Sticking to your Bargain

The Toronto Star reported recently on the outcome of an Edmonton couple’s lawsuit regarding the sale of their cottage.

The couple had bought the cottage in 2001 for $59,000.00. They retained a real estate agent in 2006, who suggested a value and it was listed. The cottage was sold to another agent in the same brokerage for $110,000.00. The buyer/agent did some clean-up and flipped it a few months later for a $67,000.00 net profit.

The couple sued the two agents and the brokerage for the buyer/agent’s profit, alleging that they were misled as to its real value at the time that they listed.

They lost.

The sale contract confirmed that another agent was buying it and that it could be sold later for a profit. One owner testified at trial that she did not care what became of the cottage after it was sold (that’s called a “gotcha” moment). They were not pressured to sell.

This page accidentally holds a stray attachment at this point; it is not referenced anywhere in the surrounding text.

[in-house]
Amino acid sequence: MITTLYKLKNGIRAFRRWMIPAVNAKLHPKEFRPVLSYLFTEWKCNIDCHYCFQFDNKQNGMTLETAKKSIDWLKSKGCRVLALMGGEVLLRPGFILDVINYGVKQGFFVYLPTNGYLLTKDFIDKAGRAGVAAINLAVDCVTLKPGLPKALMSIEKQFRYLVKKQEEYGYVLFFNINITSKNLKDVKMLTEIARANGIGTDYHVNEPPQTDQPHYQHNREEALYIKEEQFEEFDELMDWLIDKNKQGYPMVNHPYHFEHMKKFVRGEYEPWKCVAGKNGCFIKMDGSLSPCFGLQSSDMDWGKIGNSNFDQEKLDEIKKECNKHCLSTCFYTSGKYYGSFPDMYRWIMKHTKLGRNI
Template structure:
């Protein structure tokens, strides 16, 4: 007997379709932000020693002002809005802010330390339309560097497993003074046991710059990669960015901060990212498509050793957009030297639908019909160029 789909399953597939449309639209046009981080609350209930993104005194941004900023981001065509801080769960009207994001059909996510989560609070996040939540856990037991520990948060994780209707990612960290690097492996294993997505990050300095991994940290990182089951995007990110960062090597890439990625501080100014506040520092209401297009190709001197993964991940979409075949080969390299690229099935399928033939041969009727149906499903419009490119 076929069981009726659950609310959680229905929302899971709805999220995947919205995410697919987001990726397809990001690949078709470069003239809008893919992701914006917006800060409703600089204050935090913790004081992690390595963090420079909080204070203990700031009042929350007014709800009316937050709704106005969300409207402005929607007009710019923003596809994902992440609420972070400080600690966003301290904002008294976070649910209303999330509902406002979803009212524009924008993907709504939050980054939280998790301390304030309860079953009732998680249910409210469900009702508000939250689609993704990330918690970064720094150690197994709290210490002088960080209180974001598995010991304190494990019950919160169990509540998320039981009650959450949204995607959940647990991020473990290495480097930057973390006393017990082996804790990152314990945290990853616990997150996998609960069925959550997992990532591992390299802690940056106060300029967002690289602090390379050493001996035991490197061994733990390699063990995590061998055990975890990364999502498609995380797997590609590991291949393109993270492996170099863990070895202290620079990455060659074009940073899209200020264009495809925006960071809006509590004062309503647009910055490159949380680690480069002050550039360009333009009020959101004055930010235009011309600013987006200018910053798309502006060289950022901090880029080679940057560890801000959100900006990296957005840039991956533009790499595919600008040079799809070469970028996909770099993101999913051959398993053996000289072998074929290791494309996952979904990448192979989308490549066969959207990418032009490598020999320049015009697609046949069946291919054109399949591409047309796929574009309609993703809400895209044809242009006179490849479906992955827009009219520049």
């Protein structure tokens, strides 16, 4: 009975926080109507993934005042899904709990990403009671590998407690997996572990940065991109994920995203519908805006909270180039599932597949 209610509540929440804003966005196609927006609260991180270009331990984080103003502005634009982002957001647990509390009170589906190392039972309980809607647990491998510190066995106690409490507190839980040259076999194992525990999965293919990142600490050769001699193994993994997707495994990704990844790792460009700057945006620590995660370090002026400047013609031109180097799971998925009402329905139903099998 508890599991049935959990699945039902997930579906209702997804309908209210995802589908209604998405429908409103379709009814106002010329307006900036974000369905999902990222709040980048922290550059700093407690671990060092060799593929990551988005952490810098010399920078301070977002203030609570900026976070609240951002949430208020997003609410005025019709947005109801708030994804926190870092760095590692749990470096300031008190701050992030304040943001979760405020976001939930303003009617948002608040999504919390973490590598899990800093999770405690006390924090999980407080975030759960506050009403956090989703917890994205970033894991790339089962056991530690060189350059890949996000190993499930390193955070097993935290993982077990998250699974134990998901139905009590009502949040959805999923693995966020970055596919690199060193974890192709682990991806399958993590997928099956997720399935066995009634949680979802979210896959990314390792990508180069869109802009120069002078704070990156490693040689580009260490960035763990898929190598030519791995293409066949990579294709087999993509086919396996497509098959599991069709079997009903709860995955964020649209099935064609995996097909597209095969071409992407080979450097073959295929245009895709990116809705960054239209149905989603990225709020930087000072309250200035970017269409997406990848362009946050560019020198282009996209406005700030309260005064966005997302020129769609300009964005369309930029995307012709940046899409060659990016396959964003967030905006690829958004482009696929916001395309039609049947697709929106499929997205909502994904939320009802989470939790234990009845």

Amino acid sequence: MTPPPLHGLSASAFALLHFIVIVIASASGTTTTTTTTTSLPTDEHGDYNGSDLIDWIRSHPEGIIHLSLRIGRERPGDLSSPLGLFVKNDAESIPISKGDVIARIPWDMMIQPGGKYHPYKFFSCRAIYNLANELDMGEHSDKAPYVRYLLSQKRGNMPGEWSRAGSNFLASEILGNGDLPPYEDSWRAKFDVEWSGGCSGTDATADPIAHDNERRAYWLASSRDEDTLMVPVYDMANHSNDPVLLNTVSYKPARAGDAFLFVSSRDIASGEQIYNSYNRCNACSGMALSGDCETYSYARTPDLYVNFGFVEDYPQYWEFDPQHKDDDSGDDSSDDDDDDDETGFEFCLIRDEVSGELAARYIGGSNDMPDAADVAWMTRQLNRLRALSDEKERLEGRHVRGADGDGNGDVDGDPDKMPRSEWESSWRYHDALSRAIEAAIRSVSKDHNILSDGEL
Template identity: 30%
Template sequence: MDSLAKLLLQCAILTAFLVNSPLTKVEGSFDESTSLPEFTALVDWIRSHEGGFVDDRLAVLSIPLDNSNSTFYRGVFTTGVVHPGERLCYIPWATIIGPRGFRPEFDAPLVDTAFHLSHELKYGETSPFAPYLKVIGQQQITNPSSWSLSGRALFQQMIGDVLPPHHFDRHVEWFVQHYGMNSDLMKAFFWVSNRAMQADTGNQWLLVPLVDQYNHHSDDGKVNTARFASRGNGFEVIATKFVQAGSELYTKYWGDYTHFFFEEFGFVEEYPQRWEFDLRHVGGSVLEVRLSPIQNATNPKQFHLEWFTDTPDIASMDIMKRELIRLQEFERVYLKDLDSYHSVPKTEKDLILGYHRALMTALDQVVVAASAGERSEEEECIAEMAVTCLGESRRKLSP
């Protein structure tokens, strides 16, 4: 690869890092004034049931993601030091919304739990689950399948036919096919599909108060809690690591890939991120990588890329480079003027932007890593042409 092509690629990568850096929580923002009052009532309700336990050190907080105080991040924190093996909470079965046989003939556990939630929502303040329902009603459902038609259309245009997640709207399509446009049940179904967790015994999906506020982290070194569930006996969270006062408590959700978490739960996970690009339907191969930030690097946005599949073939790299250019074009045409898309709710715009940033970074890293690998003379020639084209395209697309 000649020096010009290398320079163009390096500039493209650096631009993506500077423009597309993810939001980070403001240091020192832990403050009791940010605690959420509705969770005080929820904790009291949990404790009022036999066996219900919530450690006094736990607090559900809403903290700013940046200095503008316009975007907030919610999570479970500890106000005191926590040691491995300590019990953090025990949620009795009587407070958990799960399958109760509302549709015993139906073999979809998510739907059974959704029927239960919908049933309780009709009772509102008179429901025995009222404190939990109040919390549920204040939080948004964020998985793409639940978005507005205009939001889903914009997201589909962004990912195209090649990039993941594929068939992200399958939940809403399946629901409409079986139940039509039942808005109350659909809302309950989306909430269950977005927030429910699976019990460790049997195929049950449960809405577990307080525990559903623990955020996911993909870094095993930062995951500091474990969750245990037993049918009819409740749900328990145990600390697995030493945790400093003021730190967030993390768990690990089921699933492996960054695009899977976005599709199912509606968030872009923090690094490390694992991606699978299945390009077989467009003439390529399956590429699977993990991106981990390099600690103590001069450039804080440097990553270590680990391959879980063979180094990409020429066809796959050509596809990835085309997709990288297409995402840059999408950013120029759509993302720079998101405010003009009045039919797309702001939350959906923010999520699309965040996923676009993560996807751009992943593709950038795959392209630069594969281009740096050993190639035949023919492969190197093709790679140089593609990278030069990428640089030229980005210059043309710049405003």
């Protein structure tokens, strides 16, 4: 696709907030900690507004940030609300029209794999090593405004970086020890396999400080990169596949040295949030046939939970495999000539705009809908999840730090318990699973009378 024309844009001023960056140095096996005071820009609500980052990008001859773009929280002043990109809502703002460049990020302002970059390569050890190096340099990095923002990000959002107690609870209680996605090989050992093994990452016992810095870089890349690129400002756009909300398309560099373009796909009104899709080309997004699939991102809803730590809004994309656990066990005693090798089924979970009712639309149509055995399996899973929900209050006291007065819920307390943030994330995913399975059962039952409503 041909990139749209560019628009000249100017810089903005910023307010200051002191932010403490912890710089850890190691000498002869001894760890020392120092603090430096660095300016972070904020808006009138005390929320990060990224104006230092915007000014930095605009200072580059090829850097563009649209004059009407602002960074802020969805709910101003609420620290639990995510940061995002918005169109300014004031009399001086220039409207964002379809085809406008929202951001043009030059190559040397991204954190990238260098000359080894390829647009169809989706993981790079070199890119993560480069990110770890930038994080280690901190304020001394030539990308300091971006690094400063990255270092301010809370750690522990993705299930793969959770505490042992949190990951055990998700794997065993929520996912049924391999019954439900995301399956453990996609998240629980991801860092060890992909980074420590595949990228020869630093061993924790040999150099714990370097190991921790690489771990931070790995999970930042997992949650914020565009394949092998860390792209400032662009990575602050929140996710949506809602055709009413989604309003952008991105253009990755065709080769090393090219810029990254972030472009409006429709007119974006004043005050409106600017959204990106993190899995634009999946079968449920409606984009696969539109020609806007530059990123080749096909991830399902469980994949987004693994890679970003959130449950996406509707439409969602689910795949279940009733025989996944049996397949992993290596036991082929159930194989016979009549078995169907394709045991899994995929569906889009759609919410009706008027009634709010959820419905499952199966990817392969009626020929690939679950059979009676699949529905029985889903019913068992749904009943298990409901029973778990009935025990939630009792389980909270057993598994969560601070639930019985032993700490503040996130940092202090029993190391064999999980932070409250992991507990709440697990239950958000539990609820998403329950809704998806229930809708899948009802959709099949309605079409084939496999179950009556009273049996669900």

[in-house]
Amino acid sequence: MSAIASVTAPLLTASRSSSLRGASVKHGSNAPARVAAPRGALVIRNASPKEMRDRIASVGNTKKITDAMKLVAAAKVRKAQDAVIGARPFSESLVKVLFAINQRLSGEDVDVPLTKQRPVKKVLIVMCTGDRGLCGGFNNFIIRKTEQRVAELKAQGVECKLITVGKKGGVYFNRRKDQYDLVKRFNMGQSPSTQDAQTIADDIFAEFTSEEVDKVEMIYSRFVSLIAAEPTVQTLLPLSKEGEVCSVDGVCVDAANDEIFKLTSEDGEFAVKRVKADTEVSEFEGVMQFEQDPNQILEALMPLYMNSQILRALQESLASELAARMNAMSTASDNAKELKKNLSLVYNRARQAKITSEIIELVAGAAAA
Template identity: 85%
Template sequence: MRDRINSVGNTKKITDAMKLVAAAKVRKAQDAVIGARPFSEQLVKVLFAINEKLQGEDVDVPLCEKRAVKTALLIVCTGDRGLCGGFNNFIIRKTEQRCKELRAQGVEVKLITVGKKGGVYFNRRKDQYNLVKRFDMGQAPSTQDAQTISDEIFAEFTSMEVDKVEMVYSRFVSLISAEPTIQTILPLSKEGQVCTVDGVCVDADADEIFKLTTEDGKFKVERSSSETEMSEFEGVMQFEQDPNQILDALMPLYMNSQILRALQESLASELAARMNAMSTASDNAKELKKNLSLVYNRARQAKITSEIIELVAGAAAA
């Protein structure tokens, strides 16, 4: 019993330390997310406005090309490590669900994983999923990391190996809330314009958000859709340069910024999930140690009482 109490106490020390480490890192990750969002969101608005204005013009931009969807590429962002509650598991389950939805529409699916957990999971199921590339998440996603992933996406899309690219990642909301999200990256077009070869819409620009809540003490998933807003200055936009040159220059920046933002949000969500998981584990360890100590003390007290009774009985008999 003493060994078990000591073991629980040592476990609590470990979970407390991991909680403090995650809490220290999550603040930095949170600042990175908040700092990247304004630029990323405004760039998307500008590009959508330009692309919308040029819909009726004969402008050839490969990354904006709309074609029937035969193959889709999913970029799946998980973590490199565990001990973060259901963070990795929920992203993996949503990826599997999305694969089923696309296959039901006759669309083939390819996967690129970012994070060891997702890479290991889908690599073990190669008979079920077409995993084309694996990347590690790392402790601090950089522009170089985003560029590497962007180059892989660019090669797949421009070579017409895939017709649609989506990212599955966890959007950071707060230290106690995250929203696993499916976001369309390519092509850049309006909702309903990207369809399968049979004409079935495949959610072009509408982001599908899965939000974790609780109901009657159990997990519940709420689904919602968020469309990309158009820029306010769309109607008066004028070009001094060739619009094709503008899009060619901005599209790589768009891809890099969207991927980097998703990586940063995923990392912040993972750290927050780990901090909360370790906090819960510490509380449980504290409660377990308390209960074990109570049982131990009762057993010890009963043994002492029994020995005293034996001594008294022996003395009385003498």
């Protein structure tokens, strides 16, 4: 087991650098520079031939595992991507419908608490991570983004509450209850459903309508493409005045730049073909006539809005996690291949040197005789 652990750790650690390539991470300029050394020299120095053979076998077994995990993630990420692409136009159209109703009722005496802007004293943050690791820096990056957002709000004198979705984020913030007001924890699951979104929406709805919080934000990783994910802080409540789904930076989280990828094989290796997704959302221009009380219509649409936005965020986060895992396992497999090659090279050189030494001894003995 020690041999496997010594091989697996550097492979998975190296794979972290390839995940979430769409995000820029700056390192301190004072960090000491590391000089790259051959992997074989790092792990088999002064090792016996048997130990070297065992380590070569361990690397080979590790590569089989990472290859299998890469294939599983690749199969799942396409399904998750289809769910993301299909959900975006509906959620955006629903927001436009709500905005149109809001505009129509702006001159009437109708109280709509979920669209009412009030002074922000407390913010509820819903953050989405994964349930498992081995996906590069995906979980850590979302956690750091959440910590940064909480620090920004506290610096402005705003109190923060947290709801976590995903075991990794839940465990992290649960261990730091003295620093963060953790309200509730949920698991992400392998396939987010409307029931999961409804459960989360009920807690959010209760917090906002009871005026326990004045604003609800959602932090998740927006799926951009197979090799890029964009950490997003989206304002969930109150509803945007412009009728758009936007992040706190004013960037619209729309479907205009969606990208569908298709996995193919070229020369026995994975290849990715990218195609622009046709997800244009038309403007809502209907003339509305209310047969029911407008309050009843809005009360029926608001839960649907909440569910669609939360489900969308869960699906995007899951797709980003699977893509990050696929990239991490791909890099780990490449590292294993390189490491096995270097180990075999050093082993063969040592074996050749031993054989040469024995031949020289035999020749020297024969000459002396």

But what really did them in was the appraisal values given at trial, which ranged from $120-$147,000.00 for the time periods involved. At the time it was flipped, the cottage market had heated up. They had sold for only $10,000.00 below the lowest appraised value.
If they had wanted more, they should have had the property independently appraised and listed accordingly. They could have insisted that it be listed for more even without an appraisal.

They also should have consulted counsel (such as us if they were in Ontario) before signing the agreement of purchase and sale and thus been apprised of their rights (and what they were giving up) before signing. That would have been a lot cheaper than suing and paying everyone’s legal fees for a 6 year legal battle (which likely ate up their entire profit that they had made on the sale).

So they got that for which they had bargained. The lesson to be learned? Place your trust in good legal counsel, not the nanny state.

Paul H. Voorn